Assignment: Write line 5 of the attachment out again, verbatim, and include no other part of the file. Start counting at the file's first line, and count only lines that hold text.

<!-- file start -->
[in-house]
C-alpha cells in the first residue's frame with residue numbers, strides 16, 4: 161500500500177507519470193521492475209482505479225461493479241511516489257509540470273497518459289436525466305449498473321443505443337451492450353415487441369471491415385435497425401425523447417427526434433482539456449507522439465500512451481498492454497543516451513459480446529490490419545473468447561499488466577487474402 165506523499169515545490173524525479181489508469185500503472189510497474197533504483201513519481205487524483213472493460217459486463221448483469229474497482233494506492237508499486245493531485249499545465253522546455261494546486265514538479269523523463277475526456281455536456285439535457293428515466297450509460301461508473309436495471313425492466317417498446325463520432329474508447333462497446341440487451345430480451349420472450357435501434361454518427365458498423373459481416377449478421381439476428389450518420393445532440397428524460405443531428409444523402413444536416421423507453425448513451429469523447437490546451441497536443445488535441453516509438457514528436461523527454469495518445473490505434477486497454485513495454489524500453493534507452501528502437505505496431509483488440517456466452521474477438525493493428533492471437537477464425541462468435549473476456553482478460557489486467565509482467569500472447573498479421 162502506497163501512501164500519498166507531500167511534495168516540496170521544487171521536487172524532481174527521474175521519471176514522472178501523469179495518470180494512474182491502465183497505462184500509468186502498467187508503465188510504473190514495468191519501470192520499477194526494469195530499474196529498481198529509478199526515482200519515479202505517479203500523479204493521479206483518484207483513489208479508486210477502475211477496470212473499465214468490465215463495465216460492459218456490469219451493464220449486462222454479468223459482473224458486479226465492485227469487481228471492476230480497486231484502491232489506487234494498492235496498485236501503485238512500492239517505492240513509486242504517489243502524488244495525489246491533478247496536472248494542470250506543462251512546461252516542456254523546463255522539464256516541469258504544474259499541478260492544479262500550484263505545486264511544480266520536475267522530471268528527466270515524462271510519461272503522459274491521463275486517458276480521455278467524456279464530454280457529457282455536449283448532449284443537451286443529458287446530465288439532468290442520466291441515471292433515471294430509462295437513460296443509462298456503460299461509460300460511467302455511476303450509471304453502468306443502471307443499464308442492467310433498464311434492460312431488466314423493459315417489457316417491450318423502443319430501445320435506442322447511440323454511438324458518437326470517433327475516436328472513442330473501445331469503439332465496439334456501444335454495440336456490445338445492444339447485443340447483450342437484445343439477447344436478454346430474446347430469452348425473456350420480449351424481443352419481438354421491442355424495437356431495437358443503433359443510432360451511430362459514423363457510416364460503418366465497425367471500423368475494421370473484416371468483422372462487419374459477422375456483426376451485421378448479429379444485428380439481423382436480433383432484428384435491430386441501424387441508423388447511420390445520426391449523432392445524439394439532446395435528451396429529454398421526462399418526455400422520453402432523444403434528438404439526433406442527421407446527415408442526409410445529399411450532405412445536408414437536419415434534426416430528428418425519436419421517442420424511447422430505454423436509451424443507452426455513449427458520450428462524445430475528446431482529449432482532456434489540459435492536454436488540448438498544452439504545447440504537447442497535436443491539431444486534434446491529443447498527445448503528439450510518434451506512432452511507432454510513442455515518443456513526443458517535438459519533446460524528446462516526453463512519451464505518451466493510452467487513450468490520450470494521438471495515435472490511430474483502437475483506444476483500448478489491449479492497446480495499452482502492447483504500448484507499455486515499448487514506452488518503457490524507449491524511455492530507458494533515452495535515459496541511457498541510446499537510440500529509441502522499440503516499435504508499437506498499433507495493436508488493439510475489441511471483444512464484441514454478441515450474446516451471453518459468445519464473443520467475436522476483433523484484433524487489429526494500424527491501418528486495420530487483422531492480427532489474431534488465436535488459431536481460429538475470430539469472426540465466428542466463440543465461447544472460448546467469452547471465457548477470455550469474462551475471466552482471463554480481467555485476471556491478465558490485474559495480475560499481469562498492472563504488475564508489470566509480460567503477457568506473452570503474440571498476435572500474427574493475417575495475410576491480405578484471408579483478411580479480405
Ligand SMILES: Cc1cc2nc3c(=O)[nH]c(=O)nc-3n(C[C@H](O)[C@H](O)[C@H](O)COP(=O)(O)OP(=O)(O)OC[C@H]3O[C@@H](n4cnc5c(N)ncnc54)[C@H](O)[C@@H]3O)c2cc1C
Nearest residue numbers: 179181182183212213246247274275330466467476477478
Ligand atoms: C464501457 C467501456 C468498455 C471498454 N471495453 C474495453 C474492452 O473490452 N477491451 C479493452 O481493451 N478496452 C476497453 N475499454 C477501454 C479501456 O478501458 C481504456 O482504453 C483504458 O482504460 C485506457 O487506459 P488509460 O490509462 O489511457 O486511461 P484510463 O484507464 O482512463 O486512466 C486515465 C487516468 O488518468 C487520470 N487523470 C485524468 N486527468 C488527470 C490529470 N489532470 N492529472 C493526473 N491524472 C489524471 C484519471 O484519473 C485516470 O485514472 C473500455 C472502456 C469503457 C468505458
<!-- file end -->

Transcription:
Ligand atoms: C464501457 C467501456 C468498455 C471498454 N471495453 C474495453 C474492452 O473490452 N477491451 C479493452 O481493451 N478496452 C476497453 N475499454 C477501454 C479501456 O478501458 C481504456 O482504453 C483504458 O482504460 C485506457 O487506459 P488509460 O490509462 O489511457 O486511461 P484510463 O484507464 O482512463 O486512466 C486515465 C487516468 O488518468 C487520470 N487523470 C485524468 N486527468 C488527470 C490529470 N489532470 N492529472 C493526473 N491524472 C489524471 C484519471 O484519473 C485516470 O485514472 C473500455 C472502456 C469503457 C468505458